For many years, I’ve owned a copy of “The Joan Baez Songbook”, containing the music and words of many of the songs she made popular. One is called “I Once Loved a Boy”, an old English/Scottish folksong. The first verse goes like this:
“I once loved a boy and a bold Irish boy,
I would come and would go at his request.
This bold bonnie boy was my pride and my joy,
And I built him a bower in my breast.”
I’ve never been quite sure what might be involved in building such a bower, but nevertheless it sounded like a good idea.
Just a few days ago, I came across a bower, and, although it’s got nothing to do with the Outback, I’d like to tell you about it. It was not in anybody’s breast, but rather in the bush near the Hawkesbury River, just to the north of Sydney. Here’s a picture of it:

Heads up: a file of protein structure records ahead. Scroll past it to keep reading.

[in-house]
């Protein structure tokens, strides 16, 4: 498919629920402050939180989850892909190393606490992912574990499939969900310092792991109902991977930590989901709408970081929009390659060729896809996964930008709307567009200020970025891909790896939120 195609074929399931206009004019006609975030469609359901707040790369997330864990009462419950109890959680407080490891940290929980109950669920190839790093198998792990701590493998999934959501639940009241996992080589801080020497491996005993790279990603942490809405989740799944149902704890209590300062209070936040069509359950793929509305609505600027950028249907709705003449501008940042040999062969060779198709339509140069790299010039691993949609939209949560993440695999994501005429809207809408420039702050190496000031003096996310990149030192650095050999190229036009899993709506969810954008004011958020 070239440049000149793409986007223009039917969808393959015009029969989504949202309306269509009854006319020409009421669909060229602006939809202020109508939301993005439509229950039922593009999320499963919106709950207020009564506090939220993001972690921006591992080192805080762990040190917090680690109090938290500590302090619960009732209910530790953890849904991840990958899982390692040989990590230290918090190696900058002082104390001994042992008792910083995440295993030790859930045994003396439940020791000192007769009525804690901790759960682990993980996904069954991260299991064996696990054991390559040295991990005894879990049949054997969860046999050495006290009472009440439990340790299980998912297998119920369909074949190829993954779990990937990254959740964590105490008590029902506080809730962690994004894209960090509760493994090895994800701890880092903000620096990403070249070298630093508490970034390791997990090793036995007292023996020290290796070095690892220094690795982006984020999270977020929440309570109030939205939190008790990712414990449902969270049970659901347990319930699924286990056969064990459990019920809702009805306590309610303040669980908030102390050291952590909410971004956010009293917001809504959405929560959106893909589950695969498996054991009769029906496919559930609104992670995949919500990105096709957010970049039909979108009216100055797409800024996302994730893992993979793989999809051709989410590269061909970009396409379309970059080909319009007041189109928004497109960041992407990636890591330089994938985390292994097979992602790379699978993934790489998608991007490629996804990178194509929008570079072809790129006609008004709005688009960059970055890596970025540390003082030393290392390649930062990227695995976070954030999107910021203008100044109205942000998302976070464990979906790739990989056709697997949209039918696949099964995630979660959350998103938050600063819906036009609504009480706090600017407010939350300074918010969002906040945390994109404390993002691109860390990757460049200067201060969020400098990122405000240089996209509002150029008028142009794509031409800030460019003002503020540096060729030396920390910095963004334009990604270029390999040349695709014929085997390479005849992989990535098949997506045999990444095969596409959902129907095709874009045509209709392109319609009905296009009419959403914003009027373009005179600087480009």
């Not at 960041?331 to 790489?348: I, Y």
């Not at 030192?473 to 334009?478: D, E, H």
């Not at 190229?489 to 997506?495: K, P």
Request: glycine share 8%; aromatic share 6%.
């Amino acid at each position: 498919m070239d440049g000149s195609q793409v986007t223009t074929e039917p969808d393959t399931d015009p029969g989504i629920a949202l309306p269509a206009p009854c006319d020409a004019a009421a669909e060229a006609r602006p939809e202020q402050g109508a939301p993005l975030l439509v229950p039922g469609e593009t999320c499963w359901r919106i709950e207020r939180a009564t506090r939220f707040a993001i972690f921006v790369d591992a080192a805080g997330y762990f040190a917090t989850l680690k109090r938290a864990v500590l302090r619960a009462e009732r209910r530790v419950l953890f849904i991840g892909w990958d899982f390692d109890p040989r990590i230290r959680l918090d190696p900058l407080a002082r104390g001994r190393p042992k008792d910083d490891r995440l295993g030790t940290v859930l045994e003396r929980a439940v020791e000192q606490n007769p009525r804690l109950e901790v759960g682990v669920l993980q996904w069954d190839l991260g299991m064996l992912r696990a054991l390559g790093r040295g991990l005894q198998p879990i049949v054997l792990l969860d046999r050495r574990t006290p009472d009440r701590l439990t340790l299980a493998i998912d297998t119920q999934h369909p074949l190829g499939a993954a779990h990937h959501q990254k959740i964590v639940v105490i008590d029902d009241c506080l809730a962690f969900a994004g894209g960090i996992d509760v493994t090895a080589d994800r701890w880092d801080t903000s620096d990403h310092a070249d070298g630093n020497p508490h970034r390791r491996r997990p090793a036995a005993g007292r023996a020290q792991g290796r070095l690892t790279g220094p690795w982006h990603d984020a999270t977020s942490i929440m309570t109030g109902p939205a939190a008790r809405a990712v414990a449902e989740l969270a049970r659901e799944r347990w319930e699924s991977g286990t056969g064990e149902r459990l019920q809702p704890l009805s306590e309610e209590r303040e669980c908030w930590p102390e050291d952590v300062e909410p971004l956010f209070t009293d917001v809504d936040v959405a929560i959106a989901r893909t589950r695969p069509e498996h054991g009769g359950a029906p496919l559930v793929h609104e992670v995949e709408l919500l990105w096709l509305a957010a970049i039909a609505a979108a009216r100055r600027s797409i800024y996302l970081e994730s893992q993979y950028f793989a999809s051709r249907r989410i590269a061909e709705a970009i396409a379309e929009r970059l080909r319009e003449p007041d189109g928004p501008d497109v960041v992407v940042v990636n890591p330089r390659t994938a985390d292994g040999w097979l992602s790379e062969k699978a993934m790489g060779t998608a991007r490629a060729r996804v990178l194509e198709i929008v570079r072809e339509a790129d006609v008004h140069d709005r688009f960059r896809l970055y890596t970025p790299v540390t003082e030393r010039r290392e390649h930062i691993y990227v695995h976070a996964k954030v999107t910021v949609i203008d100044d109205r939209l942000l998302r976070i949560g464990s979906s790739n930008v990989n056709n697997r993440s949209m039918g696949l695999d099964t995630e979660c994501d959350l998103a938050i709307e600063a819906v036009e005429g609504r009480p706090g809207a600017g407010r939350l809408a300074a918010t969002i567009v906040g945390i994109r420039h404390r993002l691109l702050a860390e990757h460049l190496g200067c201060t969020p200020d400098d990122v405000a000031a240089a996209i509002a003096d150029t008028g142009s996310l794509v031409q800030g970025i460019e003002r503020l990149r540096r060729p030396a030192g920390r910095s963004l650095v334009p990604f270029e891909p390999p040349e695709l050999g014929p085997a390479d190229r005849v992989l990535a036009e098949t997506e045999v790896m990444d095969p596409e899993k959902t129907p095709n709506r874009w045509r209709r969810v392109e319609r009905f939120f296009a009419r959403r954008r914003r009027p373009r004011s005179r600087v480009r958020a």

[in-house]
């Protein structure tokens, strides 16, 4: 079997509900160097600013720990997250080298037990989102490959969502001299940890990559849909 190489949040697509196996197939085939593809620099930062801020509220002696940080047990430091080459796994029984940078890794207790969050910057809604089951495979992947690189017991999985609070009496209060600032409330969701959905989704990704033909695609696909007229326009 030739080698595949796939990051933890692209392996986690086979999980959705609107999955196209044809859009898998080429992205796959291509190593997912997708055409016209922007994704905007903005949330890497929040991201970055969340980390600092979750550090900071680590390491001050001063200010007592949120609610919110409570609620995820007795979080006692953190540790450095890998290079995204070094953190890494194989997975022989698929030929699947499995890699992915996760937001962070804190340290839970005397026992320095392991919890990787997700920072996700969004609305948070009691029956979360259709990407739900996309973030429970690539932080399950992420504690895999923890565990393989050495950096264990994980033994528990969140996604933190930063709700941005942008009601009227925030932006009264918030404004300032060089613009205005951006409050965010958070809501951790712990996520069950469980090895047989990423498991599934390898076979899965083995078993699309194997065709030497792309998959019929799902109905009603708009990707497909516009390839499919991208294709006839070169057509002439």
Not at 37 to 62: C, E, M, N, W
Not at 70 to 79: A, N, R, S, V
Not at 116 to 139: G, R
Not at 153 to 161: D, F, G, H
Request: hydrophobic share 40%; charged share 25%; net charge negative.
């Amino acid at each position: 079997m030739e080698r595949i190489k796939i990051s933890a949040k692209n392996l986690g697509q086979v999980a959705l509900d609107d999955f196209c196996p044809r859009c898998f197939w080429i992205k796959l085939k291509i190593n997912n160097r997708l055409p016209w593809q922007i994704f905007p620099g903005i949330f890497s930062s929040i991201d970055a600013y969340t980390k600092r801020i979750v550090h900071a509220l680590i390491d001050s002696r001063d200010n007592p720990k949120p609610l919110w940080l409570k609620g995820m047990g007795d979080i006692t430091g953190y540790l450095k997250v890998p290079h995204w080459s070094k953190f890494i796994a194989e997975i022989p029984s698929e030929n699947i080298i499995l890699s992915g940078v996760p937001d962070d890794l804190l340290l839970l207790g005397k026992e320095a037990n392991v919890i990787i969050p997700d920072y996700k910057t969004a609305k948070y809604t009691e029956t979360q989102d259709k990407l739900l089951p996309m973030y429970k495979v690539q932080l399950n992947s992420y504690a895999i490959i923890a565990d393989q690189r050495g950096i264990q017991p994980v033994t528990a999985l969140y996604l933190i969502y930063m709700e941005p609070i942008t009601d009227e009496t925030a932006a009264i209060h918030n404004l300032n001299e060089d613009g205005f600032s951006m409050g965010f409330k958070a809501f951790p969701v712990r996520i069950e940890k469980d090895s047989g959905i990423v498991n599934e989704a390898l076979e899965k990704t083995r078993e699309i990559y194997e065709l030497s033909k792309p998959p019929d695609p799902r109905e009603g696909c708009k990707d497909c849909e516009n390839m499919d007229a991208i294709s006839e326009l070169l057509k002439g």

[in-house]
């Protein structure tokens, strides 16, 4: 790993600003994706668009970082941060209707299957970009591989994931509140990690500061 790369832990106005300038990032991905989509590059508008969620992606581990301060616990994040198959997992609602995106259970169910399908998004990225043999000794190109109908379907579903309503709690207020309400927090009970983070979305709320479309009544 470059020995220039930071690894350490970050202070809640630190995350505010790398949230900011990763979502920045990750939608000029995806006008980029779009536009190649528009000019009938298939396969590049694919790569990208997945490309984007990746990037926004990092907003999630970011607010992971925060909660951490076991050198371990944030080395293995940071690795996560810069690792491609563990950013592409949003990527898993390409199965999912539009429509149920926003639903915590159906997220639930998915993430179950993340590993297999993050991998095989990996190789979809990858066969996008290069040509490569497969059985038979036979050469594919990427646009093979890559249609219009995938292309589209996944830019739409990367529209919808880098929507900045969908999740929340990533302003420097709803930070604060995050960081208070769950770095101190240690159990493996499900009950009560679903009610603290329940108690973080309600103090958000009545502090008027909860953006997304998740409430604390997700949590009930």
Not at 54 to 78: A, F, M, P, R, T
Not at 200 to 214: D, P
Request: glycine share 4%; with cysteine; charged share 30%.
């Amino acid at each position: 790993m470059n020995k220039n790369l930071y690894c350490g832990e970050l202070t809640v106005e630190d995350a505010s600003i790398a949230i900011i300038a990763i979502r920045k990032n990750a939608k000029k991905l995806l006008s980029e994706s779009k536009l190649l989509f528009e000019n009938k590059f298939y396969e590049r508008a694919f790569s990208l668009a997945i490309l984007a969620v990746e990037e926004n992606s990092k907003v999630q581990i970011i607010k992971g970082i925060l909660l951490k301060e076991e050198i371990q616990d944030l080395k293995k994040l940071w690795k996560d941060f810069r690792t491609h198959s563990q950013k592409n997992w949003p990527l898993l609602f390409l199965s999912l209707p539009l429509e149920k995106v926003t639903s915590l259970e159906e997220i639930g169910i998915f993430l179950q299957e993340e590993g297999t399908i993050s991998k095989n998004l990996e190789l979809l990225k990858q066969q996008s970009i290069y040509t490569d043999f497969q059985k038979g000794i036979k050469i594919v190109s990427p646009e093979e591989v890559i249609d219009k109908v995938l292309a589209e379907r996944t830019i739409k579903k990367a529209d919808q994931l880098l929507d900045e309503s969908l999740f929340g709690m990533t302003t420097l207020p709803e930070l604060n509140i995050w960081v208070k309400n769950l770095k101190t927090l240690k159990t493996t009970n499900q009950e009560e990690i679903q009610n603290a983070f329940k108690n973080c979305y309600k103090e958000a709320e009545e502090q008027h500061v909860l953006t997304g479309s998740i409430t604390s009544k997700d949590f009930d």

It probably bears no resemblance to what the woman in the song had in mind. This one has been built by a male satin bowerbird, as part of its elaborate efforts to attract a mate. The female bowerbird spends a deal of her time inspecting local bowers, and watching the males’ courtship dances, before making a choice. Bowerbirds, native to Australia and New Guinea, are said to be amongst the most behaviourally complex species of birds in the world.
The bower is constructed (on the ground) out of two walls of vertically placed sticks, and the area in front is decorated with many – sometimes hundreds – of brightly coloured objects, such as shells, flowers, feathers, stones, and berries, but also plastic items, coins, pieces of glass, etc. Blue is often the preferred colour, and the male spends many hours arranging the items to get the best effect. [Hence the expression, “He’s a bit of a bowerbird”, meaning he tends to collect a lot of useless objects. Of course, he may be doing so to try to attract a mate. I suspect it’s probably more cost-effective if he can find a woman who’s prepared to build him a bower in her breast.]
The bowerbird’s bower is not used as a nest – its only function is to impress the female.
Hey chicks, what do you reckon?